Most American readers may know Ted Hughes as the oft-vilified husband of Sylvia Plath. But a new BBC documentary, “Stronger than Death,” featuring the first-ever interview with Hughes and Plath’s daughter Frieda, hopes to dispel Hughes’ caddish reputation and bring his poetry to the forefront instead.
The documentary follows the publication of Jonathan Bate's highly-anticipated biography of Britain’s Poet Laureate. In the beginning the notoriously protective Hughes estate endorsed the biography, but when Bate went ahead in full pursuit of the whole truth, the estate revoked their support, and the biography became “unauthorized.”
Jeremy Noel-Tod, a lecturer at the University of East Anglia and the editor of the Oxford Companion to Modern Poetry, reviewed Bate’s biography for The Telegraph. “It’s time to start judging Hughes and Plath on the merits of their poetry,” he wrote, rather than their tumultuous seven-year marriage, which ended with Plath’s suicide in 1963. “Hughes undoubtedly needs re-evaluation: as an ecological poet, as a working-class poet, as an experimental poet – above all, as an original poet.”
We asked Dr. Noel-Tod where a reader unfamiliar with Hughes’ poetry should start. Here are his five recommendations:
Ted Hughes’ second collection was completed while the 30-year-old poet was living in America with his new wife, Sylvia Plath. Back in England, Lupercal confirmed the promise of his debut, The Hawk in the Rain (1957). Named after the pagan spring festival of Ancient Rome, the book contains some of his most famous creatures: a tigerish pike, an intensely dead pig, and a snowdrop, ‘her pale head as heavy as metal’.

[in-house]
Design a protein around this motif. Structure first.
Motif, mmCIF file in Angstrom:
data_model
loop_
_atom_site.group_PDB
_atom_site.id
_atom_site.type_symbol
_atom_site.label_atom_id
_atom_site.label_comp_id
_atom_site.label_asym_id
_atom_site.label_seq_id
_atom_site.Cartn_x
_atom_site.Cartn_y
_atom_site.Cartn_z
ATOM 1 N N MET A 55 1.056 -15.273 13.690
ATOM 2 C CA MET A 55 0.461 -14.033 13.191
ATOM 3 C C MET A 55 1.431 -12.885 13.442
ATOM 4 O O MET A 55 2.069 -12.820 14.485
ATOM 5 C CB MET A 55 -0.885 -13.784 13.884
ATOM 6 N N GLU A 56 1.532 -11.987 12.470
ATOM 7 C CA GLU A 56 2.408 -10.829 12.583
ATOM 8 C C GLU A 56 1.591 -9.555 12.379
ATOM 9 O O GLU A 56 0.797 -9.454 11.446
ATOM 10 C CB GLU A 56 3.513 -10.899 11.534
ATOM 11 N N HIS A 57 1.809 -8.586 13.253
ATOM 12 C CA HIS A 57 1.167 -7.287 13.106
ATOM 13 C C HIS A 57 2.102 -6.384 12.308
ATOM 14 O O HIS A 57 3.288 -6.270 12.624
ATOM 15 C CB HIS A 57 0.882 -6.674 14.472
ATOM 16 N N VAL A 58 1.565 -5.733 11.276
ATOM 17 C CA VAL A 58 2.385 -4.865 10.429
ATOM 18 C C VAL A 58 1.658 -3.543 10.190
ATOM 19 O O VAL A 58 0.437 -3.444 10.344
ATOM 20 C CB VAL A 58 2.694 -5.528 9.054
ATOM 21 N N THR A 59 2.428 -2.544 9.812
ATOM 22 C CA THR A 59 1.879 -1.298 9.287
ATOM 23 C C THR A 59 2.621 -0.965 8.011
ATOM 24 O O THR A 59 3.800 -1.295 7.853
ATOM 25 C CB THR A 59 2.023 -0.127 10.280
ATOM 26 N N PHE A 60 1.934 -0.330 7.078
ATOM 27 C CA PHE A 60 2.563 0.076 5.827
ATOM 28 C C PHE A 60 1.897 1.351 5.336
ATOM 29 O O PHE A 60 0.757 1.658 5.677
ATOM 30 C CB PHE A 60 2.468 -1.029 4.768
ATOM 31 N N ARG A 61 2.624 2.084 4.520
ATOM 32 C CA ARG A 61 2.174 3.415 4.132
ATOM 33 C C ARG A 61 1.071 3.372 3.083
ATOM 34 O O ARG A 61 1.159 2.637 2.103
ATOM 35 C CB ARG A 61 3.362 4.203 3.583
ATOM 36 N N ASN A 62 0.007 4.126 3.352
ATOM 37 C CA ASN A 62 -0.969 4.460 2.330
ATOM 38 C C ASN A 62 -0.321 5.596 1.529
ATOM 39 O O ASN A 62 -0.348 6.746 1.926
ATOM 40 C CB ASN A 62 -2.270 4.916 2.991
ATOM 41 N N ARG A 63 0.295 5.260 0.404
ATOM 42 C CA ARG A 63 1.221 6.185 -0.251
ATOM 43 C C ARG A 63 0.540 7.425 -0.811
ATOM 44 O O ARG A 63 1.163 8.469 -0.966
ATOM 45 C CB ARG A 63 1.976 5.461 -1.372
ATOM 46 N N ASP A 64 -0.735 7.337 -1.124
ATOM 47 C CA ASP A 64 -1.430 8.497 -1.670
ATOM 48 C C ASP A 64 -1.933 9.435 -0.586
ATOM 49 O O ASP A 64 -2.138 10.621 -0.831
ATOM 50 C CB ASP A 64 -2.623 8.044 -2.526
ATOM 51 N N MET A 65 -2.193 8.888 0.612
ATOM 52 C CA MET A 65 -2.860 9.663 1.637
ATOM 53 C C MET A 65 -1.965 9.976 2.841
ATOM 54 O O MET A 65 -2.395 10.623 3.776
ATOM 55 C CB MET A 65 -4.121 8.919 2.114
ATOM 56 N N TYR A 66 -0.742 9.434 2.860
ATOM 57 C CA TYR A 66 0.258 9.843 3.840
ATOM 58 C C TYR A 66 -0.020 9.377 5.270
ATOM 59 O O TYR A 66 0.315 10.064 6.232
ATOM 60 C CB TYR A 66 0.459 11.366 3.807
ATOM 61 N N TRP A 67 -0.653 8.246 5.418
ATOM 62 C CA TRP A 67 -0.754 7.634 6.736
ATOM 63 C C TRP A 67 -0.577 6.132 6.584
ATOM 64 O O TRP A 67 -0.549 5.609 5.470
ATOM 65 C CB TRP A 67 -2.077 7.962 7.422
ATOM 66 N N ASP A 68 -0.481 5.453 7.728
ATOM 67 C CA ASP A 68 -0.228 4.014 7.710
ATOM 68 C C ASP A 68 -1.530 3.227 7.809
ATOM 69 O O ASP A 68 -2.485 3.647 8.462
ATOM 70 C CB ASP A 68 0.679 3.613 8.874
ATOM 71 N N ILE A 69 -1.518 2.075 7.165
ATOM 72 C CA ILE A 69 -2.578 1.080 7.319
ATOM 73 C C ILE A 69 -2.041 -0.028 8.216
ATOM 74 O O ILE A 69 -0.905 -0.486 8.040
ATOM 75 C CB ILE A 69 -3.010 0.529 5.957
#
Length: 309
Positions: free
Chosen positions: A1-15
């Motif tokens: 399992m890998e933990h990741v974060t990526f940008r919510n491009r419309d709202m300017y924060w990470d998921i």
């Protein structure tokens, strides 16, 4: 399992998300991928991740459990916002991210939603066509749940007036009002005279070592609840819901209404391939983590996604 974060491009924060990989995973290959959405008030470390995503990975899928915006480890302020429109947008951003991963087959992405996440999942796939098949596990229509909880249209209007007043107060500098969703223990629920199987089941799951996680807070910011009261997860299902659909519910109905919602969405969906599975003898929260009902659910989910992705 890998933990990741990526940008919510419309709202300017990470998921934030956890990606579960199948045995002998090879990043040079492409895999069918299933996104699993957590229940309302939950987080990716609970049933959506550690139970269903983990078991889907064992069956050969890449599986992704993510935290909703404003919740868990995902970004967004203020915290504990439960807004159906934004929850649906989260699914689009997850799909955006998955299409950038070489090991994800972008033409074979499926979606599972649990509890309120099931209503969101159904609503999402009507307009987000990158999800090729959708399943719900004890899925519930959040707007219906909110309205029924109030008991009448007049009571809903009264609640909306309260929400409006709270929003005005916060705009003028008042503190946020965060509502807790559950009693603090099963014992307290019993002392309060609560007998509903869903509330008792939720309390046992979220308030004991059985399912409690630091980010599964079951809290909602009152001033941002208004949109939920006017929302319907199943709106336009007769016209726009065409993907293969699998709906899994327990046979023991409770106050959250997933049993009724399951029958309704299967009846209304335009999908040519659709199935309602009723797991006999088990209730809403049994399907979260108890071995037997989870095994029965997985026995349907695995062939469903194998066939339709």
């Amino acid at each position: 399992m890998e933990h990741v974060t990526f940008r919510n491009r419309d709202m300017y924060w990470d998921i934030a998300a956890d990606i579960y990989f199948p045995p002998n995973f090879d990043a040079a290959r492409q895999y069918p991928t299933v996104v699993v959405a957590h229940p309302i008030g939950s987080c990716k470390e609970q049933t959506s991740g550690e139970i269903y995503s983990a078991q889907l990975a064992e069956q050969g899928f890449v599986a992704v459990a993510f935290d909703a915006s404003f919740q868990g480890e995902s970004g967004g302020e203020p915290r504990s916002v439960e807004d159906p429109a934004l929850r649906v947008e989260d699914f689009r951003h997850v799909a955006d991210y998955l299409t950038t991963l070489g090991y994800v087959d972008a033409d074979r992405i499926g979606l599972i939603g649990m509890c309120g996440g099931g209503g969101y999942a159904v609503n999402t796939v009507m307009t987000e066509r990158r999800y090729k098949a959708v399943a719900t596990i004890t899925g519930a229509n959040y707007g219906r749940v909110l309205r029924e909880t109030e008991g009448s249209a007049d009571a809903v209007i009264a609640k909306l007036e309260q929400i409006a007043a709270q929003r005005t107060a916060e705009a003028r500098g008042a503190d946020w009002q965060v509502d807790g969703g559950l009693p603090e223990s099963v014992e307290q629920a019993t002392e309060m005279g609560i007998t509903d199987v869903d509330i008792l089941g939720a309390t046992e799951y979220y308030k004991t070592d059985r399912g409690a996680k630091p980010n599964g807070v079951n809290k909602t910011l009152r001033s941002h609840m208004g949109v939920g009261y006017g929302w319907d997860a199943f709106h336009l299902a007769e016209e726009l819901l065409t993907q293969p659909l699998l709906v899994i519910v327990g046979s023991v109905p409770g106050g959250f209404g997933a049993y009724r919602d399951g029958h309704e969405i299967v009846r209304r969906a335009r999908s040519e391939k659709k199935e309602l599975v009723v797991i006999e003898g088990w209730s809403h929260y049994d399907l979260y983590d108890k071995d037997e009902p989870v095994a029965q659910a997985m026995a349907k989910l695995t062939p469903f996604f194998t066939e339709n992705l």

Composed while Hughes was working part-time as a farmer in North Devon, Season Songs was, he said, a book for children that ‘grew up’. Showing the softer side of his tooth-and-claw world, this year-long cycle of lyrics begins with a tender portrait of ‘A March Calf’, tottering up to its mother, and ends with a song celebrating ‘The Warm and the Cold’: ‘Freezing dusk has tightened / Like a nut screwed tight’.
The ugly duckling of Hughes’ books, this hybrid of prose and verse is also his masterpiece. Begun as a film script in the 1960s, Gaudete eventually emerged as a tragicomic horror novel that recounts with relish the orgiastic adventures of Reverend Lumb, a village priest replaced by a predatory spirit double. Hughes felt it contained some of his best writing, including the transcendentally fragile lyrics of the epilogue, which attest to his admiration for Emily Dickinson.
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Before going to study at the University of Cambridge, Hughes manned a radar station as part of his national service in the Royal Air Force. He used the time to read the works of Shakespeare and became a lifelong Bardolater. This selection presents the passages of highest passion from the plays as self-contained poems, followed by a fascinating essay explaining the poet’s theory of the playwright’s ‘language of the common bond’.
Hughes often worked as a translator, and his selection of 24 passages from the Metamorphoses of the Latin poet Ovid was a late triumph of his career. Bringing the Roman myths to life in limpid and physical free verse, Hughes touches on classic stories of tragic lovers that would inform his own account of his marriage to Plath, Birthday Letters, published shortly before his death the following year.
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Featured photo courtesy of the BBC.